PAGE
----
How do you prepare for snow emergencies?

8323 pts.
Tags:
Disaster Preparedness/Recovery
Network management
VPN
For those being affected by "winter mixes", how do you prepare or plan for all the stresses of snowstorms, blizzards and more? So far today, we've seen power outages, VPN overloads, network traffic spikes and more, but we'd love to hear what you're dealing with, as well as advice on preparing or dealing with these disasters. 
P.S. Best answers get 50 bonus points towards the iPad contest!

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We are somewhat limited in reactive process. Our fabric is our fabric so we are limited in what resources we can add. We do have virtualization resources that can be used to deploy servers and resources as needed, and we can leverage some unused resources to accomadate traffic spikes at the edge. I think planning ahead and providing resources for worst case scenarios allow you to “right size” capacity for emergency situations.

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  • Michael Morisy
    Thanks for sharing, Spadasoe! I think a lot of people are in the same "reactive" stance when it comes to disaster preparedness. And rightsizing for worst case scenarios sounds great ... until you see the price tag. Added 50 points for you!
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  • Michael Morisy
    [...] other dangers - or preventative measures - you’d recommend to your peers? Sound off in the forum! The best answers will even get 50 bonus points towards our current iPad [...]
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  • Denny Cherry
    Proper planning can make most any disaster a pretty much non-issue. Having enough bandwidth at the sites to handle VPN. Having user data replicated between sites so that when they VPN into another site because the network link at their office is down the users can still access their data, etc. The setup and recurring costs for a little extra bandwidth is minimal compared to the loss of work from one bad 2+ day snow/ice storm.
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  • KFaganJr
    I'm glad I came across this question because it reminded me to document and review the steps we took. Most of the tasks were a verification that existing systems were fully functional before the storm hit. These included ensuring all off-site backups we run successfully, a live copy of any important documentation was hosted off-site and up to date, temperature sensors and reporting tools were functional and also tweaked to allow more time for action due to the extra travel time needed. Being a small department we were able to just discuss things such as who can be where and do what if a major problem hits, but in a larger organization I would have documented it. It's important to walk through the process of redirecting traffic if a location goes down. We have four main sites that usually funnel all traffic through the main office, if one goes down then that traffic has to be sent elsewhere to keep everything functional. Things to note... how much time do you have to complete the job if need be, is the alternate connection you rely on functioning properly, is touch services needed to make the switch? Also, for anyone working with end users, any employees with passwords about to expire were sent additional emails to prevent additional work, reminders of phone system features were sent out that would help users work from home seamlessly. emails to remind users that if they have VPN issues speak to IT before the storm hits if possible. Additional laptops were available to lend out for critical personnel. The most important task in my mind is making sure everything is running smoothly before the storm though, you don't want to worry about preparing for disaster and neglect the critical server that has been crashing, have an issue with that server when touch services aren't available and making all other planning to avoid disaster in vein because of an unrelated issue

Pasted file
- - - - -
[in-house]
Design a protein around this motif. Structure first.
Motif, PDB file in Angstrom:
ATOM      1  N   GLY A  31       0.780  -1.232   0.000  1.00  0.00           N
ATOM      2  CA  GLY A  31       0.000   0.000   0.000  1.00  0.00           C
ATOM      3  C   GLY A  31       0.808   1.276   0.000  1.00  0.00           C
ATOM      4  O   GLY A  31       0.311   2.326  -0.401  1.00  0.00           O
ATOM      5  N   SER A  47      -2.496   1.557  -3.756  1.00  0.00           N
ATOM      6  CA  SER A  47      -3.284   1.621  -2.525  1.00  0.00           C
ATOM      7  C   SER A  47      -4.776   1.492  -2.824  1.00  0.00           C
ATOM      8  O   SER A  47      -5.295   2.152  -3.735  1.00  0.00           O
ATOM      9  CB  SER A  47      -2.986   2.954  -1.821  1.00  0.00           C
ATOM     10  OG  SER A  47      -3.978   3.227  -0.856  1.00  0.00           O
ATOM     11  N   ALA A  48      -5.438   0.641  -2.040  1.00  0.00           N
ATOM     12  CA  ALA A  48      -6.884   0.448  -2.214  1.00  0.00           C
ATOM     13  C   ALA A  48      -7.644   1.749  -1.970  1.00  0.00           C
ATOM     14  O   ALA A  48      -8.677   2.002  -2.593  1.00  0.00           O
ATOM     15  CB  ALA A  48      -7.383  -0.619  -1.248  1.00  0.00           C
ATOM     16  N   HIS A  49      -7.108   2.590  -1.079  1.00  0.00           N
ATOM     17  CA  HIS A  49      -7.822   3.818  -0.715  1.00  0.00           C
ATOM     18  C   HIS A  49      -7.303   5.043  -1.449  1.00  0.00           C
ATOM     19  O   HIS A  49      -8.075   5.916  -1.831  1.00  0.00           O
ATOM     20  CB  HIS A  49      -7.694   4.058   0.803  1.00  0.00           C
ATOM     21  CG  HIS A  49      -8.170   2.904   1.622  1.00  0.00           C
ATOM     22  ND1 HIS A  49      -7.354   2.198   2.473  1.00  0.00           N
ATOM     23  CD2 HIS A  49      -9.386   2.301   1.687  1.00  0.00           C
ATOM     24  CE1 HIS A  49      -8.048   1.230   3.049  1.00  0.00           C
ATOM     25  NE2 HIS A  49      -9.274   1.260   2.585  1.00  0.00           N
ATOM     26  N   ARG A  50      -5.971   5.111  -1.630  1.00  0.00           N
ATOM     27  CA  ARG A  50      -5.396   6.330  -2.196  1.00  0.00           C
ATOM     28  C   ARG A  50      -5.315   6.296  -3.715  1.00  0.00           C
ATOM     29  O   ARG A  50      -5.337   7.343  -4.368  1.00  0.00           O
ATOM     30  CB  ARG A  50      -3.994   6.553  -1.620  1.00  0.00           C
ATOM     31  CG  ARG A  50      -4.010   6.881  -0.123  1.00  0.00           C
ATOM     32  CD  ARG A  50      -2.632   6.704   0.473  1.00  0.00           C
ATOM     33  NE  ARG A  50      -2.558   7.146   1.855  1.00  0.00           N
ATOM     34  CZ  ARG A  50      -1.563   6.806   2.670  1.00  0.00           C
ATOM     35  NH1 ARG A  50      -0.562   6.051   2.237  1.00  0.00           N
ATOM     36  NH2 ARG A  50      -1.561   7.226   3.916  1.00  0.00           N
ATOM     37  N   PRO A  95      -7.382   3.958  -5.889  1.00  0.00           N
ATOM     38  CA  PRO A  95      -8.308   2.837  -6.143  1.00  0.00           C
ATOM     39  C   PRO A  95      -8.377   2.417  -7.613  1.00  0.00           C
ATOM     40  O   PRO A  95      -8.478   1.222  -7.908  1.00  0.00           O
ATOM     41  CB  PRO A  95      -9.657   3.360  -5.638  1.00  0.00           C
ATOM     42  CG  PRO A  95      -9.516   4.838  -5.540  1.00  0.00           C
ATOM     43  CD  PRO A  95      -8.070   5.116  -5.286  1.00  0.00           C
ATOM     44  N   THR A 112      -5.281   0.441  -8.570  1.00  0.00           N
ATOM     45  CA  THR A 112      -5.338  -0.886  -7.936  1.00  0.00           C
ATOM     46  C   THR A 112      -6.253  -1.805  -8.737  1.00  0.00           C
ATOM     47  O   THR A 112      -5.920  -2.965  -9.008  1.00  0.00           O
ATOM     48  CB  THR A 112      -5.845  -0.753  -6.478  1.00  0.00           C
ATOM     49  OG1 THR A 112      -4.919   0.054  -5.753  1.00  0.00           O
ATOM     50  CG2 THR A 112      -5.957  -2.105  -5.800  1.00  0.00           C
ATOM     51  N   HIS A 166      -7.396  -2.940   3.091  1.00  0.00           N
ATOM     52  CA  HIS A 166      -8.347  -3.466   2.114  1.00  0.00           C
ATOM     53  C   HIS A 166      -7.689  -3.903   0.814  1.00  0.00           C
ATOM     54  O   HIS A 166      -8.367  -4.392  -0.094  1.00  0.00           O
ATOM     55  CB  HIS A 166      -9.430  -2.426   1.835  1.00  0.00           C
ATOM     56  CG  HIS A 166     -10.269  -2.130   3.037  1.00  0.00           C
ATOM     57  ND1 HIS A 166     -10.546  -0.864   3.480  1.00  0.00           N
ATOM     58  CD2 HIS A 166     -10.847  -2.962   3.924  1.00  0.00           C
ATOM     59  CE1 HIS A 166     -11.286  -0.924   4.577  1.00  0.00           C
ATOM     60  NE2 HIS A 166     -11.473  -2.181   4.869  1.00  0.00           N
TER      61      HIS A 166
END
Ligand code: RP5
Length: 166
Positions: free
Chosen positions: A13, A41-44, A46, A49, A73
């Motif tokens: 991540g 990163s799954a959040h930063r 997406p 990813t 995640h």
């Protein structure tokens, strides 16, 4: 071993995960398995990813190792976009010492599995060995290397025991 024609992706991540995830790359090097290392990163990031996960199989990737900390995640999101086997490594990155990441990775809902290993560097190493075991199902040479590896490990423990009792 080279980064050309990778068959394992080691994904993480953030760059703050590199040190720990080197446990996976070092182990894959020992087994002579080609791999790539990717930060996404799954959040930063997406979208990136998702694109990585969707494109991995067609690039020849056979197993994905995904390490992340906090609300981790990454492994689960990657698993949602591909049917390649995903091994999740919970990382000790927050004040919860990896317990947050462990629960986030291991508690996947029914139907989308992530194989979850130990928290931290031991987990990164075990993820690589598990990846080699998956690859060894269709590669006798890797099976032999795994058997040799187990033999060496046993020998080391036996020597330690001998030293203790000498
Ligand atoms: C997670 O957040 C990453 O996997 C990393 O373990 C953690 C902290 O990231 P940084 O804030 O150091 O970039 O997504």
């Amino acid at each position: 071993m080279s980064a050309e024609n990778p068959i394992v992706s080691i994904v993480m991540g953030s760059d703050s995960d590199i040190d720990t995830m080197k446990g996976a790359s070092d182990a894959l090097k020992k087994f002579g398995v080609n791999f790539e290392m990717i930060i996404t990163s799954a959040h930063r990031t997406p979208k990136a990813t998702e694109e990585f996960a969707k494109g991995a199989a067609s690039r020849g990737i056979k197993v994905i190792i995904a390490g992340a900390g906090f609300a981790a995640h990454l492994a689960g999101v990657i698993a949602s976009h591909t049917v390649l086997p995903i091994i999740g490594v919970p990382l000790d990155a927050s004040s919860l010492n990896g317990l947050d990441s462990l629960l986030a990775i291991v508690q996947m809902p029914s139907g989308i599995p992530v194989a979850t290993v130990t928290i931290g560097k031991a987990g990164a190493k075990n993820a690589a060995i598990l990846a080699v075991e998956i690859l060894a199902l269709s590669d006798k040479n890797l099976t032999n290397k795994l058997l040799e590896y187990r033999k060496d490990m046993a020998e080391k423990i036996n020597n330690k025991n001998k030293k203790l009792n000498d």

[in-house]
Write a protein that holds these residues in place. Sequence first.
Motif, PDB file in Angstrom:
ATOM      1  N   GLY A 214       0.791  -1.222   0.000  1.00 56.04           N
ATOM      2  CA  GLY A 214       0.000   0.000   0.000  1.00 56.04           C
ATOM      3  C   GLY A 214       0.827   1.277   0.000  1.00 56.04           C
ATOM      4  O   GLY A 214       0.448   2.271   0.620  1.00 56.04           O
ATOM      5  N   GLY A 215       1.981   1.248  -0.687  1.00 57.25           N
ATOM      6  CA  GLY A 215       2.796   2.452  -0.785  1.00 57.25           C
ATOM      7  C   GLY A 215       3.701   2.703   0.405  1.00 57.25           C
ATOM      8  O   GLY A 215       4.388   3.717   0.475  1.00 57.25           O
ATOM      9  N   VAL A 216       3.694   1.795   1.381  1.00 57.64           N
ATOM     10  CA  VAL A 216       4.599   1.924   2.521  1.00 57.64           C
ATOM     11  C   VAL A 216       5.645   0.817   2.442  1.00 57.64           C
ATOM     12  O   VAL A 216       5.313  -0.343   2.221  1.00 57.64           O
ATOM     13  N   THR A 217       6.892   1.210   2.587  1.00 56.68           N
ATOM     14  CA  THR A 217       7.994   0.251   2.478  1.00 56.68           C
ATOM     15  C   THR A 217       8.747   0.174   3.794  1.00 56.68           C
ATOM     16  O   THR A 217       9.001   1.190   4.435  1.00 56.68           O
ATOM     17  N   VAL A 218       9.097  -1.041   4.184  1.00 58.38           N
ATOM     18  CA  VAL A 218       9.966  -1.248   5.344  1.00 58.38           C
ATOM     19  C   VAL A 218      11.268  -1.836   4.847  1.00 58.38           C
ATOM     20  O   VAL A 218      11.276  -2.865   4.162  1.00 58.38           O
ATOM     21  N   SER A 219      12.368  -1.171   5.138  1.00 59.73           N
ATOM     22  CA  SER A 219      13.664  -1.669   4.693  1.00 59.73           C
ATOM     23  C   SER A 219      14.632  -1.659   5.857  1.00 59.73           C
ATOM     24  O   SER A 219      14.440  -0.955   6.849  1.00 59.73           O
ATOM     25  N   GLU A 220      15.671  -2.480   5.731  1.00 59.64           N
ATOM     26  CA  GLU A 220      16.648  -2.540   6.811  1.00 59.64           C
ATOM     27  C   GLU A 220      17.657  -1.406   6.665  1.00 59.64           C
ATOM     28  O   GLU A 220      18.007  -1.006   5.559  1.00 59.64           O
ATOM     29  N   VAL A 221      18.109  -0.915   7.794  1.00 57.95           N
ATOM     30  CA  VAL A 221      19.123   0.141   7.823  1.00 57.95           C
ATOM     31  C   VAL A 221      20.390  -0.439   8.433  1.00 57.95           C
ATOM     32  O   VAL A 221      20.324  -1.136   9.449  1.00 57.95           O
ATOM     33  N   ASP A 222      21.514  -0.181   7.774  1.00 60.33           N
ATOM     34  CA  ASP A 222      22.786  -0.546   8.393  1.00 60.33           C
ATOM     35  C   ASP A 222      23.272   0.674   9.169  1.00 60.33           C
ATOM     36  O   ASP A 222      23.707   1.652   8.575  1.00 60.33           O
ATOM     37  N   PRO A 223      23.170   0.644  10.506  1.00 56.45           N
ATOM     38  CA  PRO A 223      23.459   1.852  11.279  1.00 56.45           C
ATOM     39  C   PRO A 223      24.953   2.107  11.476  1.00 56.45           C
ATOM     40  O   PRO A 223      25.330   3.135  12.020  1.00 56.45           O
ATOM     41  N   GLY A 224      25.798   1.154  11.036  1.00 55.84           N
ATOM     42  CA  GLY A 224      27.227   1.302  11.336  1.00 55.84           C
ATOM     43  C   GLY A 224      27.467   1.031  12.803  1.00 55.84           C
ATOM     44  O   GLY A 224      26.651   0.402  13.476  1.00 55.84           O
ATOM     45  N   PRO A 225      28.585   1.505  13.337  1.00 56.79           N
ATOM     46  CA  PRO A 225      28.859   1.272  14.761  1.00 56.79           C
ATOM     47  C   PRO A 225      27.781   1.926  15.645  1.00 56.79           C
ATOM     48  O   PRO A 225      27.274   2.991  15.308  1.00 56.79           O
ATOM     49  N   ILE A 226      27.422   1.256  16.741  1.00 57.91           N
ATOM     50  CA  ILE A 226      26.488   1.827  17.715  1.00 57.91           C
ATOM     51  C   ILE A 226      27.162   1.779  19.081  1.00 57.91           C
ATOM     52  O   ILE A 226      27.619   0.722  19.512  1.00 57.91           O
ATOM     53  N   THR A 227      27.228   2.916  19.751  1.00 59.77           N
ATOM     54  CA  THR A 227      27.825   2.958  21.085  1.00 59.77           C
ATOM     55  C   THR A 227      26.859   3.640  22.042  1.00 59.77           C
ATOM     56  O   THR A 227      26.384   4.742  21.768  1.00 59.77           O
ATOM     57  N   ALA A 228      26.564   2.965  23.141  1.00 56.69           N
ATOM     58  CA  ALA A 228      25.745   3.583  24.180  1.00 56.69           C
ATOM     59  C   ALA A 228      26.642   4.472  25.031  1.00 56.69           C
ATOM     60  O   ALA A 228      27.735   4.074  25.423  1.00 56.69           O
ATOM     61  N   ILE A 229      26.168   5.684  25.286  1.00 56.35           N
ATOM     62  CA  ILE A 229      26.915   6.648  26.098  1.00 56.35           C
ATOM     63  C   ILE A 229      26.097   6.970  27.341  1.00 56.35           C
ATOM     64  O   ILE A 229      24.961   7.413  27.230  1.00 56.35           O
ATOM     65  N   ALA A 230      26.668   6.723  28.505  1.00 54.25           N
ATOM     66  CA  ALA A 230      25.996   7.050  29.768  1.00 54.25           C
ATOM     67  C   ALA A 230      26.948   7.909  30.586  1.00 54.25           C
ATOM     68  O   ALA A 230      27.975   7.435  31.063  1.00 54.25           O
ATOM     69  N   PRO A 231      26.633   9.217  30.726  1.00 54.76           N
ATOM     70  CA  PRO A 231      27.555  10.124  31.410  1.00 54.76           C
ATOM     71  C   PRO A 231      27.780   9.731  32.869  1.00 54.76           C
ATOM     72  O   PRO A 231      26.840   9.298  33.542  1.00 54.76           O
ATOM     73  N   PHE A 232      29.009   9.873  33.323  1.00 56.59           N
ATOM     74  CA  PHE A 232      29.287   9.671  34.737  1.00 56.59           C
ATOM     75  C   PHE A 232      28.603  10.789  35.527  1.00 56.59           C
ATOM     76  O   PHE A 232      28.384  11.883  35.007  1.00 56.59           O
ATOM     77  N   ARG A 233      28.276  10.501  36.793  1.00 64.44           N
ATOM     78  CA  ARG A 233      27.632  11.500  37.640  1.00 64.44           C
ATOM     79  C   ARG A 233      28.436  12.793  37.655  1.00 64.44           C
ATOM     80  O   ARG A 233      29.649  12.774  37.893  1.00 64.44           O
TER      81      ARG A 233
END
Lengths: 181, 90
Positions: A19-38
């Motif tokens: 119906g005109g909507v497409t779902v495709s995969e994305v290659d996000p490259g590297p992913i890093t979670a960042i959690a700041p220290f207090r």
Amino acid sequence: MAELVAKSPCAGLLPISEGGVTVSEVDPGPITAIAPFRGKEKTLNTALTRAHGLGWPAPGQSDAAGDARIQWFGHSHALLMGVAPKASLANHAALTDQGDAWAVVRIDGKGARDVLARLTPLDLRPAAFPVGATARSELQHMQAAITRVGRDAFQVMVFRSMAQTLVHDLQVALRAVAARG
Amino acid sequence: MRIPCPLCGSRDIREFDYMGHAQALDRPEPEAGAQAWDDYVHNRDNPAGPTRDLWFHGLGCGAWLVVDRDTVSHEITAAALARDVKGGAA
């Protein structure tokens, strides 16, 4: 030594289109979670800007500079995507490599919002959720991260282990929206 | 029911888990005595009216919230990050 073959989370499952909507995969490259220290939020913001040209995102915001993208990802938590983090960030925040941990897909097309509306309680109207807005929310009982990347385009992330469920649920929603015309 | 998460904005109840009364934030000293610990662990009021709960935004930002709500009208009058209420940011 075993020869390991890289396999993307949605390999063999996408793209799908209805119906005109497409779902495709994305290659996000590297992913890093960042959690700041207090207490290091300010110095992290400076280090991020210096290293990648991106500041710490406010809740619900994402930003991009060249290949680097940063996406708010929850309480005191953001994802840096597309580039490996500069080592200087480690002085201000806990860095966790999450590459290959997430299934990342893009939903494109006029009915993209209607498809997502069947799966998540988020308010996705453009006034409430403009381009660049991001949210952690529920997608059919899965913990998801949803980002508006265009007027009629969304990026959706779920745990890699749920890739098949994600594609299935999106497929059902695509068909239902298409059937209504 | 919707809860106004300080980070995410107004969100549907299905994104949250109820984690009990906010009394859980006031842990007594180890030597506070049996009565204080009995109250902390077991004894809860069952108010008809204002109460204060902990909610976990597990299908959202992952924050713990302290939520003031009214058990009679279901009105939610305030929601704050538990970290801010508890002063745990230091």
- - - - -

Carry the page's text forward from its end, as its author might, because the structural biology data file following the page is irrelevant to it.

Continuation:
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  • HMSSL2K
    DR planning and testing at a remote site. We are in Texas with our DR site in SD, it does pay to have a remote site.
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  • Michael Morisy
    Thanks KFaganJr, MrDenny and HMSSL2K! Great advice.
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  • Michael Morisy
    [...] received a great response to our call to the community for advice on ensuring that a blizzard doesn’t become a perfect storm for your IT department. [...]
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  • Michael Morisy
    [...] made quite an impression, not only on the questions around IT answers but on our editors with his in-depth guide on preparing for snow emergencies. He’s from our neck of the woods, working as a System Administrator. His diverse background [...]
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  • KFaganJr
    With another snow day comes more items to add to the list of items to cover ahead of time... If you have users that will be connecting via VPN to Remote Desktop, remind them not to turn off their computers before they leave for the day when a snow storm is expected. If the office is closed there will be no one to turn them on when it's needed.
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